Due to the moderating influence of the sea, the temperature in Bombay undergoes little seasonal fluctuation. May is the warmest month of the year, when the temperature averages 32o C (90o F), although temperatures as high as 40o C (105o F) can be reached occassionally. January is the coldest month, and averages 24o C (75o F), although a temperature as low as 18o C (64o F) is not unknown. The humidity is often very high in the\ months when the temperature is at its peak.
The Indian Ocean monsoon usually occurs between June and September, and deposits more than 90% of the annual 1800 mm (70 in) of rainfall. The first monsoon showers are usually expected to reach Mumbai on the 7th of June, but there are large fluctuations in the date of onset. The monsoon is not a period of unremitting rain. More than half the rainfall is usually deposited in approximately seven days of rain during these three months. There may also be extended periods without any rain. The temperate remains in the high 20s (ie, around 75o F). Monsoon is characterized by heavy westerly winds. The sea is very rough, with extremely high waves on the western coast of the city. The harbour is calmer, but too choppy for boats and sailing.
The maximum daily rainfall ever recorded in the city was 944 mm on July 26, 2005. This is the highest ever rainfall recorded in one day in any city. The previous highest in Mumbai was 575.6 mm on July 5, 1974. The previous record highest anywhere in India was 838.2 mm in one day in Cherrapunji in the north-eastern state of Meghalaya. The world's highest ever rainfall in one day was 1825 mm, as recorded on January 6, 1966 in Fac Fac, on La Reunion island in the Indian ocean.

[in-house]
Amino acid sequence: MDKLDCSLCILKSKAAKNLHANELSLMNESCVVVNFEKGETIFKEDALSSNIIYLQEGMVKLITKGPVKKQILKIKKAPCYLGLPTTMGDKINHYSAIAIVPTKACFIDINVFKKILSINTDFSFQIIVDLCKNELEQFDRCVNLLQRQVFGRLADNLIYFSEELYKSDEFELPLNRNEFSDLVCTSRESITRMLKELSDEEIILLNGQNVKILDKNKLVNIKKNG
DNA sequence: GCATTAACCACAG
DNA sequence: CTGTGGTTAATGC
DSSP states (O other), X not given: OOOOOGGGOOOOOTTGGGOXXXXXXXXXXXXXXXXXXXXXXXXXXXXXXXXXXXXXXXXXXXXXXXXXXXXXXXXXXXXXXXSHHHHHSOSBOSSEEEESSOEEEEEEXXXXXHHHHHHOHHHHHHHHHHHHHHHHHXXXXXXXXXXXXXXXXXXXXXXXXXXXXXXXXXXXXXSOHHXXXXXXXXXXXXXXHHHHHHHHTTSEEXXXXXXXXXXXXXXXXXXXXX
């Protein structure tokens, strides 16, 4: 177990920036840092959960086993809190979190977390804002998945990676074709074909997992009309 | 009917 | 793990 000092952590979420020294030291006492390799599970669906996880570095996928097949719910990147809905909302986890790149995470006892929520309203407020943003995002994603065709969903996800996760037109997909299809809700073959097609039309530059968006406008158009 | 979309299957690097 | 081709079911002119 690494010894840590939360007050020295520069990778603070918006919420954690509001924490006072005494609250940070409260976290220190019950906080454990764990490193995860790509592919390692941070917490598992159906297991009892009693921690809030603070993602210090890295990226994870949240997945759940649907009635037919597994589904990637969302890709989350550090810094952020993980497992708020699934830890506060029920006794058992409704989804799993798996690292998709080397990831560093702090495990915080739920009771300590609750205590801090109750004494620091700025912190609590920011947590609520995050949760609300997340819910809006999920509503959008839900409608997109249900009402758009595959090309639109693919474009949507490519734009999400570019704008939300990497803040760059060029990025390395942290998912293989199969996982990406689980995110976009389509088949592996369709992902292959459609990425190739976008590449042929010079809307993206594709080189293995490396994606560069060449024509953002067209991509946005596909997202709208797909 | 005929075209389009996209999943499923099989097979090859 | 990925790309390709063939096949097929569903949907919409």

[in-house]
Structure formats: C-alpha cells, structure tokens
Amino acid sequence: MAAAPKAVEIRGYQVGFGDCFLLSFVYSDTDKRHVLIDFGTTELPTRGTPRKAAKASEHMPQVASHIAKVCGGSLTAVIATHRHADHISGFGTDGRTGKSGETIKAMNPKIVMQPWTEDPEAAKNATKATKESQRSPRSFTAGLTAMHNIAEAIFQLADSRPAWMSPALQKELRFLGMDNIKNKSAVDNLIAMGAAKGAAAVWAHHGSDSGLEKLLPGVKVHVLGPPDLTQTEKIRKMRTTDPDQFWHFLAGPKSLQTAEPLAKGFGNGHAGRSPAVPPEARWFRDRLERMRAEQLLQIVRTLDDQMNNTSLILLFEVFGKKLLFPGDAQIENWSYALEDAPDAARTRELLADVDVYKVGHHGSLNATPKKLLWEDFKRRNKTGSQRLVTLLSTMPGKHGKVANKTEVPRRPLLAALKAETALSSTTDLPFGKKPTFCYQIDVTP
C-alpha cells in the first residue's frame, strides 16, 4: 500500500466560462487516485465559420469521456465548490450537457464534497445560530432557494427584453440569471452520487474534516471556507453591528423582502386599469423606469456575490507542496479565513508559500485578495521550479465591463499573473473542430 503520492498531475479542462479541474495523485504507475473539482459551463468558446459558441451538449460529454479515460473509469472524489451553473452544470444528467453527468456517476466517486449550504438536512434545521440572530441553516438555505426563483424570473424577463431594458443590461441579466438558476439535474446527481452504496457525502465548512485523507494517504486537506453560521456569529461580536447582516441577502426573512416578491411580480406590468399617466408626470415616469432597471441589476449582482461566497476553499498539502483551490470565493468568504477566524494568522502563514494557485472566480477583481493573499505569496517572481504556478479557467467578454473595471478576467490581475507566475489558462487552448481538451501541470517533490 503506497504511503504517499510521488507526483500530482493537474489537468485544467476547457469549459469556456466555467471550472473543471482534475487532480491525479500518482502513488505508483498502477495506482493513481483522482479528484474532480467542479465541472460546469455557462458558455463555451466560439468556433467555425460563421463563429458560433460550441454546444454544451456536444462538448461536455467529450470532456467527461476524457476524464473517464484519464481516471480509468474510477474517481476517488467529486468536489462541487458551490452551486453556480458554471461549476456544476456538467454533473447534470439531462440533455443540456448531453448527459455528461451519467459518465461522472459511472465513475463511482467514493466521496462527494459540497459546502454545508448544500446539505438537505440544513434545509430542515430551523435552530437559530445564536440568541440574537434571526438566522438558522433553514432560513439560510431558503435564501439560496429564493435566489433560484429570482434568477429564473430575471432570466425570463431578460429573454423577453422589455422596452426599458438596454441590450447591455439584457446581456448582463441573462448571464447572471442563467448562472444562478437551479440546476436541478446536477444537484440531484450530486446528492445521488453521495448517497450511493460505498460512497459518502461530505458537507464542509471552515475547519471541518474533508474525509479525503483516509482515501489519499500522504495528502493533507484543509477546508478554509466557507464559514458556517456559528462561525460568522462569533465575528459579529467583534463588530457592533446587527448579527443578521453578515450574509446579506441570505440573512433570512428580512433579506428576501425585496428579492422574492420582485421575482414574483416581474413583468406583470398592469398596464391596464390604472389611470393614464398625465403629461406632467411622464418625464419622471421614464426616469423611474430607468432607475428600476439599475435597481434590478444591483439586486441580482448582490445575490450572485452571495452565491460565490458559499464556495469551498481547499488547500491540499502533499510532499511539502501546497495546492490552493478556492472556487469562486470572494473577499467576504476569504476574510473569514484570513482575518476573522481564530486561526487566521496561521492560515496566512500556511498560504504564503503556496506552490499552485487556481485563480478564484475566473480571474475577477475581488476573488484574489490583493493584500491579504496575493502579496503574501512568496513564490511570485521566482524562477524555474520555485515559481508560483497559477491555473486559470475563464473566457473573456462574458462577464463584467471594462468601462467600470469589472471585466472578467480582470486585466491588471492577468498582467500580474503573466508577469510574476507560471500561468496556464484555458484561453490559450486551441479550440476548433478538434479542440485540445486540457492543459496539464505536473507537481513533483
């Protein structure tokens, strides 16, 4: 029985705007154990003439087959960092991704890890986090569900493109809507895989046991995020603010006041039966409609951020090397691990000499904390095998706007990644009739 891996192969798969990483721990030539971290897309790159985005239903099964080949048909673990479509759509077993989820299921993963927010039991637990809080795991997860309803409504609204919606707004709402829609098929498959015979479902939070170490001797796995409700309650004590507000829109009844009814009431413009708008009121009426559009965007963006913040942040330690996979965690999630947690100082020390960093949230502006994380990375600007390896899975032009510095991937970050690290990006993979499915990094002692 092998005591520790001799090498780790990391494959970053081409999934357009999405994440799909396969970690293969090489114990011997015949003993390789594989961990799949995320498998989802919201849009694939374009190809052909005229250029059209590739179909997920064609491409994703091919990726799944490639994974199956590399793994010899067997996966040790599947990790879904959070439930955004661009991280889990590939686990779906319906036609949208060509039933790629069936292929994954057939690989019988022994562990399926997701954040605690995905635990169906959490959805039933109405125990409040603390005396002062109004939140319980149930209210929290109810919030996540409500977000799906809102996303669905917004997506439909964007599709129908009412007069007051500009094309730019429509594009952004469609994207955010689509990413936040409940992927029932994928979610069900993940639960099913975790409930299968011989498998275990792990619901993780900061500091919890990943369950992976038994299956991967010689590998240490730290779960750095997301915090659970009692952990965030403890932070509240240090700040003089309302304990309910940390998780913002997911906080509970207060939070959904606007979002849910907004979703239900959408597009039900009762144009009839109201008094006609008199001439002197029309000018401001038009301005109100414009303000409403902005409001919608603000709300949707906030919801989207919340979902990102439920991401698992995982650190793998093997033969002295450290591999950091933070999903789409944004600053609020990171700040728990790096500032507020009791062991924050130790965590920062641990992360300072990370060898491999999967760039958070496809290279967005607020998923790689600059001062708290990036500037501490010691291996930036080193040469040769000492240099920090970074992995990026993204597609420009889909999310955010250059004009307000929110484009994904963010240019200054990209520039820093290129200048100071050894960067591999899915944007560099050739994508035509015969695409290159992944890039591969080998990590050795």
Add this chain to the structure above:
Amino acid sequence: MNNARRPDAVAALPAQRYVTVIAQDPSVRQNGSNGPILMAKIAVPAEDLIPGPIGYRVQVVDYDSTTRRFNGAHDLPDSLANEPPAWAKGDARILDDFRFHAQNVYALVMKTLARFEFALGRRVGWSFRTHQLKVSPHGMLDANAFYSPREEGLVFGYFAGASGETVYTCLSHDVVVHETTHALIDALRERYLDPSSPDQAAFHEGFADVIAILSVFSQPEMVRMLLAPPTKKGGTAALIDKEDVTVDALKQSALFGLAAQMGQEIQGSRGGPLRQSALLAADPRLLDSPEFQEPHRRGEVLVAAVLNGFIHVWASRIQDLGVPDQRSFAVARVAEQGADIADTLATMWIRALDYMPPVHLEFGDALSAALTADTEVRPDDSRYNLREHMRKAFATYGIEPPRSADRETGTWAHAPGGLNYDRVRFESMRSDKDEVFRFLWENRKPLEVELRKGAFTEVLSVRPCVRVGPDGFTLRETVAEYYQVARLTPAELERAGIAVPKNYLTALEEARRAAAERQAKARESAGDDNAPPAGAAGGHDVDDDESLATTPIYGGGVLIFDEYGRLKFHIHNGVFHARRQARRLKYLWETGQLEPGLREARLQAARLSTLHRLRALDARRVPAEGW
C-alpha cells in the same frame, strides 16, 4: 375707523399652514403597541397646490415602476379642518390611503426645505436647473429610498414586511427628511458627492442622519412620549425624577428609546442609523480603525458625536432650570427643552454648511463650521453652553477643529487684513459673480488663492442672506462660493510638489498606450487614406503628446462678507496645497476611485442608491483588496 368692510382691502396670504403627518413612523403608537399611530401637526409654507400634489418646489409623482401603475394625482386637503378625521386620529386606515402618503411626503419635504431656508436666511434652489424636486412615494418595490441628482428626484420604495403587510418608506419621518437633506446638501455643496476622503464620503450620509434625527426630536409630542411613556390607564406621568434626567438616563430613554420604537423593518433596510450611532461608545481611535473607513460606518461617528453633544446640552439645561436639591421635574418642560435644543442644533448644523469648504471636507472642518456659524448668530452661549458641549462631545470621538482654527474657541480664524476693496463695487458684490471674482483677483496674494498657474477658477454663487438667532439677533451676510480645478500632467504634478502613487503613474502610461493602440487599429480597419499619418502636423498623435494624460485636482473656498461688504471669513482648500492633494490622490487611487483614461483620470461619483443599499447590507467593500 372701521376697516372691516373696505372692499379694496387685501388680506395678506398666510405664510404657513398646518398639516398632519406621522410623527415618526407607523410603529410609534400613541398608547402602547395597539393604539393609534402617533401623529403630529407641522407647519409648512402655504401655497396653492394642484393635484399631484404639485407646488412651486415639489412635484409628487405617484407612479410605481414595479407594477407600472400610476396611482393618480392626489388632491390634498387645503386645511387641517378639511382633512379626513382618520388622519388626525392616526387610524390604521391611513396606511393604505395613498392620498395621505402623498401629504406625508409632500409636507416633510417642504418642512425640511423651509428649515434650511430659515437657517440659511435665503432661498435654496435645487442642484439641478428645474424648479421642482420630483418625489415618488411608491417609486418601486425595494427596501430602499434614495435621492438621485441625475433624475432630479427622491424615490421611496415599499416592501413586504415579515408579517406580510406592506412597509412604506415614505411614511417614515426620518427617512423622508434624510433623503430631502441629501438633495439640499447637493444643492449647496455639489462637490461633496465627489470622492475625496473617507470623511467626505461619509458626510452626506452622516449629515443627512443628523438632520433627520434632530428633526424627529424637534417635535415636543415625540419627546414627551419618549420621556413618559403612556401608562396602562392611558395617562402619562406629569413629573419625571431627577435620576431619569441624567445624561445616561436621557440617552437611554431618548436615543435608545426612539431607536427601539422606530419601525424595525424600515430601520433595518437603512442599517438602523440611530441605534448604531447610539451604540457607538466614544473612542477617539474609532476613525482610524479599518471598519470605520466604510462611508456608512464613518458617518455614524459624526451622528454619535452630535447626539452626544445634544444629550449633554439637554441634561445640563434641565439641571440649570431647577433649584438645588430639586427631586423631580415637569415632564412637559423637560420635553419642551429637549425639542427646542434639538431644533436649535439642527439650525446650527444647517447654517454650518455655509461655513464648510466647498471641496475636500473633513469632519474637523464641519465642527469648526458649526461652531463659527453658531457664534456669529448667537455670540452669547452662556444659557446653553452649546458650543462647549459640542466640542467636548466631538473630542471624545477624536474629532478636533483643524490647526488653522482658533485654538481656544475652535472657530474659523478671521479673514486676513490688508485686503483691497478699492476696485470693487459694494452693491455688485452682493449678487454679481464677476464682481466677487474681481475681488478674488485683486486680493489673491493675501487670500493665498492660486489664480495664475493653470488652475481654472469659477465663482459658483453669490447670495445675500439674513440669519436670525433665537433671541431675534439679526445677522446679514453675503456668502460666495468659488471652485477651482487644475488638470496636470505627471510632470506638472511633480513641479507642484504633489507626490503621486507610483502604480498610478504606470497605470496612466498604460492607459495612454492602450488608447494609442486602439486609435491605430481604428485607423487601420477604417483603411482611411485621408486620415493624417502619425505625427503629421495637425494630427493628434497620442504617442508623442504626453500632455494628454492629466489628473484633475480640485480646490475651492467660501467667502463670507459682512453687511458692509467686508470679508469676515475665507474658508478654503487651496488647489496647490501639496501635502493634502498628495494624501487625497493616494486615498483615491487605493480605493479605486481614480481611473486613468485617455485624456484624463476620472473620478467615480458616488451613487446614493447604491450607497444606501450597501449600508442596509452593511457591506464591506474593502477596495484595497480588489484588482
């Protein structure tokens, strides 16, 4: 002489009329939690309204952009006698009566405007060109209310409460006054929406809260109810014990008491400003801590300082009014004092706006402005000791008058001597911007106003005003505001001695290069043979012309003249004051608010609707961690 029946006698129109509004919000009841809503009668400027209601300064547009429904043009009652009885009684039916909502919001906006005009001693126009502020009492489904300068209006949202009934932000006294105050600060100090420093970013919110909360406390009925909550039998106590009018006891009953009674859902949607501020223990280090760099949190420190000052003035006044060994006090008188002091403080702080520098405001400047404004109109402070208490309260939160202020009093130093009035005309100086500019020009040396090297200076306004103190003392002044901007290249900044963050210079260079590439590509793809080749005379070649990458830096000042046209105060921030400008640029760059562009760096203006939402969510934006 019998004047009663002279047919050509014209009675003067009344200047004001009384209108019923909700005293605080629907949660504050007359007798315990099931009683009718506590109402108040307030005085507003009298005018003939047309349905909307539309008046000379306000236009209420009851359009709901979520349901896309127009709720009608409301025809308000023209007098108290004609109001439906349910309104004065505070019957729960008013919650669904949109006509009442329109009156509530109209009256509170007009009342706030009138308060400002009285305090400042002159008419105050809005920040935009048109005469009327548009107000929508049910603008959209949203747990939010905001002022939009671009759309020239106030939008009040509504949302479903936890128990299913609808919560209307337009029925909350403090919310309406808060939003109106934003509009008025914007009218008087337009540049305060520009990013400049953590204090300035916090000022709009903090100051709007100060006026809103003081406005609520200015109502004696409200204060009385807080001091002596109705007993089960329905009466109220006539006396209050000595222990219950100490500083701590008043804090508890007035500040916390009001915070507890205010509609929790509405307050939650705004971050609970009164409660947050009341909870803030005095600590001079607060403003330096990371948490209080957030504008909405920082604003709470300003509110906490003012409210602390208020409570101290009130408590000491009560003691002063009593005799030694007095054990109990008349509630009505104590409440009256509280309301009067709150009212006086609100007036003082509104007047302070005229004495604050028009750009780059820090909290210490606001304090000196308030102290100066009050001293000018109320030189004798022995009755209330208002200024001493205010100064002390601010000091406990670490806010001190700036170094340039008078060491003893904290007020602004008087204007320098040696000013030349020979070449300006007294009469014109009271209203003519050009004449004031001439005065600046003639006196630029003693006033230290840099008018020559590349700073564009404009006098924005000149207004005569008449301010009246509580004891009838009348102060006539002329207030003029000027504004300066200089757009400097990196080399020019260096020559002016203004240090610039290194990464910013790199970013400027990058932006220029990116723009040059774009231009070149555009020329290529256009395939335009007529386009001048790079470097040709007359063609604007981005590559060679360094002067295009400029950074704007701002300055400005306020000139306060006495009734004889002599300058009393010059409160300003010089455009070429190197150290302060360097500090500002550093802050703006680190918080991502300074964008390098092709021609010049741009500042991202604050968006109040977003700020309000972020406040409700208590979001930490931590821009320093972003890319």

Immediately after the monsoon there are a few weeks of uncomfortable weather in which high temperatures are rendered harder to bear by high humidity. This post-monsoon return to conditions which prevail in early summer is the root of the English phrase "Indian summer". With the absence of the monsoon wind, the breezes take on the classic diurnal land and sea breeze pattern characteristic of coastal cities. Boats begin to ply in the harbour and sailing begins.
The four month period from November to February are the most pleasant months of the year. The temperature and humidity fall together, reaching their low points late in December and early in January. The temperature remains pleasant till February in most years. The calm sea turns a particularly pleasant shade of blue in these months. Boats ply to nearby beaches, and competitive sailing takes place in these months.
The hot season sets in from March. The temperature usually rises quickly through March. In April the humidity reaches discomfort levels. Towards the end of May a few scattered pre-monsoon showers may provide relief. By the end of May, the onset of the monsoon wind muddies the coastal waters. Boat services to the islands and beaches are usually suspended at the end of May, and sailboats have to be secured for the monsoons.